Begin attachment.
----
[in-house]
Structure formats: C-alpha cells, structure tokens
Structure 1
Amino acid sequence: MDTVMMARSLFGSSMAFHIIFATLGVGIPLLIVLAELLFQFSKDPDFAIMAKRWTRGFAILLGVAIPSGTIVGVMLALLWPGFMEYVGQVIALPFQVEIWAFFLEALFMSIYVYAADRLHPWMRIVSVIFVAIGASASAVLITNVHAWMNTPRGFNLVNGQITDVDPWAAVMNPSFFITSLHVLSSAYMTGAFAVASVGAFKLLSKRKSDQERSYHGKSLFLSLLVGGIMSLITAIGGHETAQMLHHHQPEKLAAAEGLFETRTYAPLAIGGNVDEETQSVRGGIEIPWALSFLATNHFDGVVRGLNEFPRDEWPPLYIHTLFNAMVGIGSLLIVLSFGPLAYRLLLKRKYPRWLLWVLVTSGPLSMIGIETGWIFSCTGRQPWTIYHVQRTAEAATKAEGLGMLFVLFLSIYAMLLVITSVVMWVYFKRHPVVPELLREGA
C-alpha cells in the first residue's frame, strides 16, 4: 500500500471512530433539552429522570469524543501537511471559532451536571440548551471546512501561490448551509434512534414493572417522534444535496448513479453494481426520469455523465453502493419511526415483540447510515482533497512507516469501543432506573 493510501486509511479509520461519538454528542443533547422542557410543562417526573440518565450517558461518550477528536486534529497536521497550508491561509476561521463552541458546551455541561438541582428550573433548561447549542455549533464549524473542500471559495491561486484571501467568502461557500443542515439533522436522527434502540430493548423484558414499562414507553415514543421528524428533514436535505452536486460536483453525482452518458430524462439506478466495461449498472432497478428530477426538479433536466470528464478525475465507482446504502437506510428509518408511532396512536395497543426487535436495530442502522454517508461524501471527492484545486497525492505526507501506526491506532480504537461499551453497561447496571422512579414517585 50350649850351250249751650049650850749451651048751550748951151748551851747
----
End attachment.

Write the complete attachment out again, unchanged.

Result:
[in-house]
Structure formats: C-alpha cells, structure tokens
Structure 1
Amino acid sequence: MDTVMMARSLFGSSMAFHIIFATLGVGIPLLIVLAELLFQFSKDPDFAIMAKRWTRGFAILLGVAIPSGTIVGVMLALLWPGFMEYVGQVIALPFQVEIWAFFLEALFMSIYVYAADRLHPWMRIVSVIFVAIGASASAVLITNVHAWMNTPRGFNLVNGQITDVDPWAAVMNPSFFITSLHVLSSAYMTGAFAVASVGAFKLLSKRKSDQERSYHGKSLFLSLLVGGIMSLITAIGGHETAQMLHHHQPEKLAAAEGLFETRTYAPLAIGGNVDEETQSVRGGIEIPWALSFLATNHFDGVVRGLNEFPRDEWPPLYIHTLFNAMVGIGSLLIVLSFGPLAYRLLLKRKYPRWLLWVLVTSGPLSMIGIETGWIFSCTGRQPWTIYHVQRTAEAATKAEGLGMLFVLFLSIYAMLLVITSVVMWVYFKRHPVVPELLREGA
C-alpha cells in the first residue's frame, strides 16, 4: 500500500471512530433539552429522570469524543501537511471559532451536571440548551471546512501561490448551509434512534414493572417522534444535496448513479453494481426520469455523465453502493419511526415483540447510515482533497512507516469501543432506573 493510501486509511479509520461519538454528542443533547422542557410543562417526573440518565450517558461518550477528536486534529497536521497550508491561509476561521463552541458546551455541561438541582428550573433548561447549542455549533464549524473542500471559495491561486484571501467568502461557500443542515439533522436522527434502540430493548423484558414499562414507553415514543421528524428533514436535505452536486460536483453525482452518458430524462439506478466495461449498472432497478428530477426538479433536466470528464478525475465507482446504502437506510428509518408511532396512536395497543426487535436495530442502522454517508461524501471527492484545486497525492505526507501506526491506532480504537461499551453497561447496571422512579414517585 50350649850351250249751650049650850749451651048751550748951151748551851747